Jonathan Bamber , Author provided Greenland is the largest island in the world and on it rests the largest ice mass in the Northern Hemisphere. If all that ice melted, the sea would rise by more than 7 metres . But that’s not going to happen is it? Well not any time soon, but understanding how much of the ice sheet might melt over the coming century is a critical and urgent question that scientists are trying to tackle using sophisticated numerical models of how the ice sheet interacts with the rest of the climate system . The problem is that the models aren’t that good at reproducing recent observations and are limited by our poor knowledge of the detailed topography of the subglacial terrain and fjords, which the ice flows over and in to. One way around this problem is to see how the ice sheet responded to changes in climate in the past and compare that with model projections for the future for similar changes in temperature. That is exactly w

Bold Leadership, radical action – what Bristol residents want on climate change

What do Bristol residents really think about climate change? We know that Bristol has a reputation as a green city, but is it just ‘greenies’ at the centre of town who care? What kinds of policies would be acceptable or desirable? Are people aware of what the Council is planning to do? Our team of eight researchers set out to all four corners of the city with clipboards , to find out what Bristol residents have to say. They approached people at bus stops, in leisure centres, at libraries and on the street to ask questions like: What comes to mind when you think of climate change? How does it make you feel? Are you aware of any planned changes in the city in relation to climate change? Are there any future changes you would or wouldn’t want to see? The answers came in from 333 residents of all parts of the city in February and March 2020, and then a further 1343 residents took part in an online survey in June, which included an additional question about whether Covid-19 had shifted thei

Is extreme heat an underestimated risk in Bristol?

Evidence that the Earth is warming at an alarming rate is indisputable, having almost doubled per decade since 1981 (relative to 1880-1981). In many countries, this warming has been accompanied by more frequent and severe heatwaves – prolonged periods of significantly above-average temperatures – especially during summer months. Heatwaves pose significant threats to human health including discomfort, heatstroke and in extreme cases, death. In the summer of 2003 (one that I am sure many remember for its tropical temperatures), these threats were clear. A European heatwave event killed over 70,000 people across the continent – over 2,000 of these deaths were in England alone. As if these statistics weren’t alarming enough, projections suggest that by 2050, such summers could occur every other year and by 2080, a similar heatwave could kill three times as many people . Cities face heightened risks Heat-health risks are not equally distributed. Cities face heightened risks due to the u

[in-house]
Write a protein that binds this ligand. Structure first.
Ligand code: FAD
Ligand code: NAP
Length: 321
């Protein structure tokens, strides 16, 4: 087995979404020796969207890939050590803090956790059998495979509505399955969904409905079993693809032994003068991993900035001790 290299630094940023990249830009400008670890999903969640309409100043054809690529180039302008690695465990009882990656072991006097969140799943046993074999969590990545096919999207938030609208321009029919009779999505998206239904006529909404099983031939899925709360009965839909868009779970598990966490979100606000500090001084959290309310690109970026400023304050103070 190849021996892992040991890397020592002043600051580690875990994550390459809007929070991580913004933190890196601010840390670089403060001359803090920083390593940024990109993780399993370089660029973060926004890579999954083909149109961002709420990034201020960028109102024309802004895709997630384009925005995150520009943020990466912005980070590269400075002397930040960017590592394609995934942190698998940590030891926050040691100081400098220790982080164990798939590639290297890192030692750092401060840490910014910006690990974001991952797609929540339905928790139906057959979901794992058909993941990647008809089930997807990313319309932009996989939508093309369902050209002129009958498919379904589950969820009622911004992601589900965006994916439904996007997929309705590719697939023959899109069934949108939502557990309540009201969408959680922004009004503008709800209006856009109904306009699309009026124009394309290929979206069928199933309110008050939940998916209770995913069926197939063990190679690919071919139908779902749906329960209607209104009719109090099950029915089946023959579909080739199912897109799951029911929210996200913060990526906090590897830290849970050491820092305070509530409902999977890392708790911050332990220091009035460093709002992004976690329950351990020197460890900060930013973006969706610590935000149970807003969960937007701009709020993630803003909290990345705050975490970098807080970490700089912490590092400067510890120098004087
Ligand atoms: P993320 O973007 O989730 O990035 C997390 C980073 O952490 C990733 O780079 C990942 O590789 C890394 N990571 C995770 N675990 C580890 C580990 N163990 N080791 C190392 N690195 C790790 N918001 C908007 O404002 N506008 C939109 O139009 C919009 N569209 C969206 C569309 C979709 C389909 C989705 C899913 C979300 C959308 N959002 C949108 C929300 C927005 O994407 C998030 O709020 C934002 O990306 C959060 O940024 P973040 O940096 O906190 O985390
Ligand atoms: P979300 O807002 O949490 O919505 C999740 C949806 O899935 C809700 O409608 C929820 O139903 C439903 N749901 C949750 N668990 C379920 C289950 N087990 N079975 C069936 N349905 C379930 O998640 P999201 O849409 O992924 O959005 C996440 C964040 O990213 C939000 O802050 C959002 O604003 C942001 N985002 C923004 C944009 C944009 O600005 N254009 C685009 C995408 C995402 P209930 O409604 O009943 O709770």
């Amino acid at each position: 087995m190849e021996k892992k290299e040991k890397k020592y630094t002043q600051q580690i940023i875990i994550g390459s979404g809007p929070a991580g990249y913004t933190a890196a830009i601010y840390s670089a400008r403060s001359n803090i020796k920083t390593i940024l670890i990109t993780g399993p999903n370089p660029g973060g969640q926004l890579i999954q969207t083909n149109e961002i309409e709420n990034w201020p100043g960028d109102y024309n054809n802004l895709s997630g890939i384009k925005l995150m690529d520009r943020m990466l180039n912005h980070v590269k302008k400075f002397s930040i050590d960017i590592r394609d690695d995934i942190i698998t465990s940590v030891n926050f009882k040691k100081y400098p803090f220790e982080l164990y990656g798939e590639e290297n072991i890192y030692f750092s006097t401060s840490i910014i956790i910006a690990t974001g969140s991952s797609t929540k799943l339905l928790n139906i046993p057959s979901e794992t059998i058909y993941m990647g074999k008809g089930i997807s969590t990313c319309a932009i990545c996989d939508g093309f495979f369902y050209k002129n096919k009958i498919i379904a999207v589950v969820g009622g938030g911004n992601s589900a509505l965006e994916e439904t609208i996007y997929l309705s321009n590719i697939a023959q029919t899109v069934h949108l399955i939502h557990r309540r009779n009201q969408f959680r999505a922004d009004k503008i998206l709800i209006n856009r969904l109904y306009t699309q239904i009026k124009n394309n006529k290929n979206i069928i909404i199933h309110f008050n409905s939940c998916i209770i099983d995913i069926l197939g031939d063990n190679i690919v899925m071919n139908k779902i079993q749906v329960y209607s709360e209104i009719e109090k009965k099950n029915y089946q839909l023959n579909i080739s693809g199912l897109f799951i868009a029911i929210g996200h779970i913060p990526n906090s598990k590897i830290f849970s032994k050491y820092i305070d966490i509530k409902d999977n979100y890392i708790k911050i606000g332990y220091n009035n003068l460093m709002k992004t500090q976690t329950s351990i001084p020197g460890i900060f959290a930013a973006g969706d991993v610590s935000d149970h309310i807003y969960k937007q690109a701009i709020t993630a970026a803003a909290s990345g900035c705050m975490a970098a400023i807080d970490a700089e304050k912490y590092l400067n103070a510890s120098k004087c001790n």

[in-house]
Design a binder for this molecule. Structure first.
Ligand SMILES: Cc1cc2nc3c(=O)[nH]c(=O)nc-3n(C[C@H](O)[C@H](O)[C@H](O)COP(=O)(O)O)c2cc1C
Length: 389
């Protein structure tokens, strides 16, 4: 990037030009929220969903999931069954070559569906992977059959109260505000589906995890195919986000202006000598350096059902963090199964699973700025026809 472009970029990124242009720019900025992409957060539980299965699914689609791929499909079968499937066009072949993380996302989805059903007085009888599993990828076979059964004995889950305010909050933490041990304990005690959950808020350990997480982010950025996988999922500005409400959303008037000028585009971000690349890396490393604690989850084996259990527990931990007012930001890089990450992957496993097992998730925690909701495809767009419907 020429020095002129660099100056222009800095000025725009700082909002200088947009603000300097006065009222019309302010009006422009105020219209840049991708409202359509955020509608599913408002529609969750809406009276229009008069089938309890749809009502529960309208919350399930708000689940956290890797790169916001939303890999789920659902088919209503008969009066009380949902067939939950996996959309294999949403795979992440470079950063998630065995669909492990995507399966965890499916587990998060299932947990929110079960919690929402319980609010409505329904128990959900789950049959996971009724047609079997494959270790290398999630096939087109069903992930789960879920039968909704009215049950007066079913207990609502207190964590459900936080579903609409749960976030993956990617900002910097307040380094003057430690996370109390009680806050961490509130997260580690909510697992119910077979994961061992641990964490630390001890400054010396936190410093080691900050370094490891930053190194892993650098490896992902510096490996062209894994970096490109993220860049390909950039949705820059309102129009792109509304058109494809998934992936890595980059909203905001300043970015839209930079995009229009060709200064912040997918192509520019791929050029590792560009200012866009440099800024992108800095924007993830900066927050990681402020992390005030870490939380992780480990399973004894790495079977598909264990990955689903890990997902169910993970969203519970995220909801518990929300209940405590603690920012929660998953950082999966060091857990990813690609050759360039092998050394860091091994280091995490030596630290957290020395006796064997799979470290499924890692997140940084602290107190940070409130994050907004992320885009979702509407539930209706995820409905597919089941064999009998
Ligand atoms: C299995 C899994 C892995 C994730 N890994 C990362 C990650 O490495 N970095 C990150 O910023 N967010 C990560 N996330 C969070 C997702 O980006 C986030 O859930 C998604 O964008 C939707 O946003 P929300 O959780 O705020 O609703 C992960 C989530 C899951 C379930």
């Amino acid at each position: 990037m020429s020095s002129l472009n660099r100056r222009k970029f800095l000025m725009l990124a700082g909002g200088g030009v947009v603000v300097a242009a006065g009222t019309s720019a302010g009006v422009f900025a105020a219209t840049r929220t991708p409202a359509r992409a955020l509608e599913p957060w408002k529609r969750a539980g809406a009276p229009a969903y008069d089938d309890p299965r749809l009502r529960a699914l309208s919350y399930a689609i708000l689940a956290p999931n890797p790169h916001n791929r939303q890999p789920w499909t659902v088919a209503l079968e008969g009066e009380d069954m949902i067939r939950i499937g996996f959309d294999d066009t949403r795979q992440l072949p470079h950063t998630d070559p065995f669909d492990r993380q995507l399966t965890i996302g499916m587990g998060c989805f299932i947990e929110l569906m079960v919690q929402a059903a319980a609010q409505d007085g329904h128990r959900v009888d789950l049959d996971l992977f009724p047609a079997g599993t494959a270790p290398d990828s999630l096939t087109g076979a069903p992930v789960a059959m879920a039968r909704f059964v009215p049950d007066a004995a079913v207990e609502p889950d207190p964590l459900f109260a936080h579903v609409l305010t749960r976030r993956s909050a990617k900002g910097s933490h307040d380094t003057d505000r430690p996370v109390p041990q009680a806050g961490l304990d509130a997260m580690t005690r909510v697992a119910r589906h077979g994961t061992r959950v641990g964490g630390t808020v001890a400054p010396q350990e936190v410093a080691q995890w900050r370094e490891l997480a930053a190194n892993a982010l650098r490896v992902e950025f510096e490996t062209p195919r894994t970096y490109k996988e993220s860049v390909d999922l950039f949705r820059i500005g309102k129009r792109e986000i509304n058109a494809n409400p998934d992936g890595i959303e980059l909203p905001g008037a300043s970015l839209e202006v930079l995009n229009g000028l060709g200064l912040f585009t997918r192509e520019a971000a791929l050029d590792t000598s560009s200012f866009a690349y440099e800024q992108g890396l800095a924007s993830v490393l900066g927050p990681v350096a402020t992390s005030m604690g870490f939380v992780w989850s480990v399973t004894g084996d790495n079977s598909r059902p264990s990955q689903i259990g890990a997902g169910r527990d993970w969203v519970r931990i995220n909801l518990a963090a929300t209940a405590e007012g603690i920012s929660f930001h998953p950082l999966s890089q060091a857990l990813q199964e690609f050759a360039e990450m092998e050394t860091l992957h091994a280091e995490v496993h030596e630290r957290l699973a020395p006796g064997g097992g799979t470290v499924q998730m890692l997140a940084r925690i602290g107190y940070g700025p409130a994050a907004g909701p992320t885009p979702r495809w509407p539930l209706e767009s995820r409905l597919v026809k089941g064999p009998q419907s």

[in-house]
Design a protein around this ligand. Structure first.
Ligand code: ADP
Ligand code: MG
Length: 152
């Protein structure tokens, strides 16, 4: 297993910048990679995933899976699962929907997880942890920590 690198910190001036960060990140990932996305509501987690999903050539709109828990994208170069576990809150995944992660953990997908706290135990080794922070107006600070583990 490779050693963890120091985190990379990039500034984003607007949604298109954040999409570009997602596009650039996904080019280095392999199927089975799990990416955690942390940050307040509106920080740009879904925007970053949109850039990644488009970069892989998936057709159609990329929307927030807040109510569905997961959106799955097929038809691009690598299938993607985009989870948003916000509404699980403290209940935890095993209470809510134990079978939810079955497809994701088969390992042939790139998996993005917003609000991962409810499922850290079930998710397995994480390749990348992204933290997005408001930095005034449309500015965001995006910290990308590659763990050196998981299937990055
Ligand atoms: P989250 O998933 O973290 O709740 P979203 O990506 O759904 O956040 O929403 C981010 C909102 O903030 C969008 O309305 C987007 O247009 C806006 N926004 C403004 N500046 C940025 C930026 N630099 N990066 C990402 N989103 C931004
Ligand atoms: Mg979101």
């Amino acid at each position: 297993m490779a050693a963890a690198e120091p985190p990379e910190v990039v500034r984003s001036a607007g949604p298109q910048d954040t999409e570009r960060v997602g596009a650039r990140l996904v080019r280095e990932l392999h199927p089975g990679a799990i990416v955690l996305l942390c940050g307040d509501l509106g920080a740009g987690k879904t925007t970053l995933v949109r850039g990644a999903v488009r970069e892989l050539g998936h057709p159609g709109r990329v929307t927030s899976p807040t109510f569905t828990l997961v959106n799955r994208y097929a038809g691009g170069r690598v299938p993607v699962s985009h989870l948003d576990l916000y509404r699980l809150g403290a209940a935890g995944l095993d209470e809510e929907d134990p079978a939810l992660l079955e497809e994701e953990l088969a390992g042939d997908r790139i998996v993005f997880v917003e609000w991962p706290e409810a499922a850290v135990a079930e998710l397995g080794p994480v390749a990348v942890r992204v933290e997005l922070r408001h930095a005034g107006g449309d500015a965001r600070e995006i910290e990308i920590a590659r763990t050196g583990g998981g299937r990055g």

E-scooters in Bristol: their potential contribution to a more sustainable transport system

Voi e-scooter parked across the pavement outside Victoria Rooms in Clifton. Image credit: Georgina de Courcy-Bower At the end of October this year, the Swedish company Voi launched their e-scooters in Bristol as part of a pilot scheme. The government brought the scheme forward in the hope that e-scooters would ease demand for public transport and allow for social distancing during the Covid-19 pandemic. Earlier in the year, Marvin Rees said that he hoped e-scooters would help the city reduce congestion and air pollution. These are two key issues associated with a car-dominated transport system present in Bristol and many other cities around the world.  I have been investigating whether e-scooters could help Bristol to meet its sustainable transport targets . These include meeting net-zero emissions by 2030 and simultaneously reducing inequality within the city. However, between 2005 and 2017 the decrease in CO2 emissions in Bristol’s transport sector was only 9%. To reach net-zero

Hydrogen: where is low-carbon fuel most useful for decarbonisation?

FrankHH/Shutterstock Is hydrogen the lifeblood of a low-carbon future, or an overhyped distraction from real solutions? One thing is certain – the coal, oil and natural gas which currently power much of daily life must be phased out within coming decades. From the cars we drive to the energy that heats our homes, these fossil fuels are deeply embedded in society and the global economy. But is the best solution in all cases to swap them with hydrogen – a fuel which only produces water vapour, and not CO₂, when burned? Answering that question are six experts in engineering, physics and chemistry. Road and rail Hu Li, Associate Professor of Energy Engineering, University of Leeds Transport became the UK’s largest source of greenhouse gas emissions in 2016, contributing about 28% of the country’s total. Replacing the internal combustion engines of passenger cars and light-duty vehicles with batteries could accelerate the process of decarbonis